News

  • Justin Trudeau admits bilingual comments were ‘cheeky’

    OTTAWA – Prime Minister Justin Trudeau admits he may have been a little “cheeky” when he made a comment last week on bilingualism. When questioned by a Radio-Canada journalist if he supported the idea of Ottawa being designated a bilingual city, Trudeau asked whether the western Quebec town of Gatineau was ready to do the […more]
  • Nova Scotia and Quebec sign agreement on promoting the French language

    The governments of Quebec and Nova Scotia have signed a co-operation agreement aimed at preserving Canada’s French-speaking communities. This agreement is the first of its kind for the two provinces. It commits Nova Scotia and Quebec to increase funding for projects aimed at ensuring the vitality of the French language. The two provinces have also […more]
  • Quebec Teachers on list to fill void in NB Classrooms – Higgs (Paid Subscription)

    New Brunswick teachers should not be sitting at home while Quebec teachers are called to fill in at NB classrooms, says leader of the Opposition. Blaine Higgs says there's a shortage that needs to be addressed before even more french immersion teachers are needed next fall when the program is reinstated at grade 1. He […more]
  • Anglophone adults in Bathurst forge ahead en français

    Pauline Armstrong grew up in Bathurst and can understand her friends and neighbours when they speak French, but has a hard time having a meaningful conversation in the language, even after years of retail work. "It's in my head somewhere but some of the new words, I need to keep it fresh in my head," […more]
  • SANB calls on New Brunswick government to better defend Francophones

    The Société de l'Acadie du Nouveau-Brunswick (SANB) proposes to Brian Gallant's government to take certain measures to better defend the Francophone community. The SANB will publish on Thursday a brief containing several proposals, including a proposal to increase funding for the Office of the Commissioner of Official Languages. "We saw a loosening of the Gallant […more]
  • Francophone teachers association sues government

    The Association of Francophone Teachers of New Brunswick, which represents 3,000 public school teachers, is taking the provincial government to court over what it sees as grossly insufficient funding for French schools. "We're not asking for icing on the cake, we're asking for the full meal deal. We're asking for equality," said Lucie Martin, vice […more]
  • Gallant government abandons school bus duality court case

    The Liberal government is abandoning its constitutional court case on dual school busing and will instead leave decisions on student transportation to individual district education councils. It's a stunning reversal for a government that said last year it wanted the New Brunswick Court of Appeal to clarify whether dual bus systems for English and French […more]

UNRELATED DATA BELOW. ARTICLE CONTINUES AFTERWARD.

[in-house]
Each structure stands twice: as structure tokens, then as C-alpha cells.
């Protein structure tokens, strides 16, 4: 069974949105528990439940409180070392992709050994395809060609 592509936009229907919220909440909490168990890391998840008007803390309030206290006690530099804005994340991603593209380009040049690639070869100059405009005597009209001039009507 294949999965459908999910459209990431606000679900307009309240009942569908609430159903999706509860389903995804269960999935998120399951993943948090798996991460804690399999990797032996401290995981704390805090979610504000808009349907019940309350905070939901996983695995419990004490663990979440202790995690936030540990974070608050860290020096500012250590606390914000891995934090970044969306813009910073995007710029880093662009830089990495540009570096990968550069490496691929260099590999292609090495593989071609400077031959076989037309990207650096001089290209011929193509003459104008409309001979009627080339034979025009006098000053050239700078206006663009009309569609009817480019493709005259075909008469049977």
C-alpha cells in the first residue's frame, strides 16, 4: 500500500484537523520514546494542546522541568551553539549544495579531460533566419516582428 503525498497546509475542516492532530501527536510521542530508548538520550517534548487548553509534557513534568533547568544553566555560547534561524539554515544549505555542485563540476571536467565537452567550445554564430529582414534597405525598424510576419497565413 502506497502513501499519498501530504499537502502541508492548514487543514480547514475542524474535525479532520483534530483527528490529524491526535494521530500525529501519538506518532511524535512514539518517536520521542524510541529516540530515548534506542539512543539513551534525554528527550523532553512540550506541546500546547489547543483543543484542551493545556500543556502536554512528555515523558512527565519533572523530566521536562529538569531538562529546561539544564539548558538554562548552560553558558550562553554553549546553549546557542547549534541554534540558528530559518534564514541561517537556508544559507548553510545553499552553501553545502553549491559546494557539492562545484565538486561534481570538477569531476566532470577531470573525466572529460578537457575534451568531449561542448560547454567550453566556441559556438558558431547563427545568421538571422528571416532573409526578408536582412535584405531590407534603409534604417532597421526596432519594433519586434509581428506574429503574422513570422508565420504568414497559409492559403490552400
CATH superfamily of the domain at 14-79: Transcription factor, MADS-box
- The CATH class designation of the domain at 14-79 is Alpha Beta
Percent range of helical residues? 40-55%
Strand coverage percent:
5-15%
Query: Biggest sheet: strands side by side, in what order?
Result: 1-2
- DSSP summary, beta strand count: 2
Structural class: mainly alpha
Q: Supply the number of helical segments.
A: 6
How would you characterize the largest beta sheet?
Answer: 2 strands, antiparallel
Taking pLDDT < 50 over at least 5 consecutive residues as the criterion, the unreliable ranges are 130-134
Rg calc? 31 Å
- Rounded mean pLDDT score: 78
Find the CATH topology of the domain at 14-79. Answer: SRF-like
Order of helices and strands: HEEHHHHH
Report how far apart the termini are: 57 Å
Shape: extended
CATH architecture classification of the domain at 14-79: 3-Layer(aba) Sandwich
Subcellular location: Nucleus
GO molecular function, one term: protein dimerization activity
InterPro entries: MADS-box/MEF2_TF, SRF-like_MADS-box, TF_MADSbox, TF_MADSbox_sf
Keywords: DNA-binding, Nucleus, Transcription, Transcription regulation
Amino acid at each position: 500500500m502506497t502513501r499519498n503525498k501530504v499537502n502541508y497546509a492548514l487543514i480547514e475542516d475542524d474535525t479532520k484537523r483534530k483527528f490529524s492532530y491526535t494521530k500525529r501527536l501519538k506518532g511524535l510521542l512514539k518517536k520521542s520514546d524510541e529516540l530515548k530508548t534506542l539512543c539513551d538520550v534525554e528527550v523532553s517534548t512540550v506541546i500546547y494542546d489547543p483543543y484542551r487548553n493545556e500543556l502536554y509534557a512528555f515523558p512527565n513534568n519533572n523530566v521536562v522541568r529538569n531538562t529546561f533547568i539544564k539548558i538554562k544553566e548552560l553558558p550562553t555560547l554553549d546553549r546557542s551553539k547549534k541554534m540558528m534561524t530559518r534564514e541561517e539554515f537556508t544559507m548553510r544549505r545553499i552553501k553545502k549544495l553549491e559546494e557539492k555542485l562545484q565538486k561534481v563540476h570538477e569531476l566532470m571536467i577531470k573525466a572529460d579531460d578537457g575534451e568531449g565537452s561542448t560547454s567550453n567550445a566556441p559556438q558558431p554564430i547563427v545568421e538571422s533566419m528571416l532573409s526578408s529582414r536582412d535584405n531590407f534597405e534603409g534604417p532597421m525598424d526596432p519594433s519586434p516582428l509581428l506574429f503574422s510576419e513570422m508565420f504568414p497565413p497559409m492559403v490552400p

• Base has 90 civil service positions unfilled due to bilingualism requirements

    OROMOCTO: Recruiters at 5th Canadian Division Support Base Gagetown are looking for some good men and women. But not ones who wear uniforms. Base commander Col. Dan MacIsaac said the huge military training facility is searching for talented individuals to fill civilian positions. MacIsaac said the base has around 900 non-military workers and a 10 […more]
  • At the express request of New Brunswick

    At the express request of New Brunswick, sections 16 through 20 of the Charter apply to that province; however, for section 20, an important exception applies, i.e., the right to receive communications or services from any office of an institution of the Legislature or Government of New Brunswick in English or French is not subject […more]
  • LIBERALS AND CONSERVATIVES FEED ON DIVISION

    It's no secret to most people that, in this province, language issues have come to trump all else, including literacy and common sense. Judging by the recent spate of newspaper articles from our language commissioner, and our premier's calls for 'tolerance and respect' of our bilingual status, it seems the government knows it's failing the […more]
  • New Brunswick School Transportation Sputtering

    Almost two years after the Atlantic Institute for Market Studies (AIMS) report Education on Wheels was released, New Brunswick decision-makers are still spinning their wheels. Few among the New Brunswick political class noticed that our report, released in January 2015, was subtitled Seizing Cost and Energy Efficiency Opportunities in Student Transportation. Instead of seizing the […more]
  • NB shouldn’t have turned to courts over bilingual buses: Former Supreme Court Judge

    " Former New Brunswick Supreme Court justice Michel Bastarache says the provincial government shouldn’t have turned to the courts with a question on the constitutionality of bilingual school buses, stating it wasn’t the province’s responsibility to do so. In an interview with the Telegraph-Journal, the longtime protector of minority rights also says that he didn’t […more]

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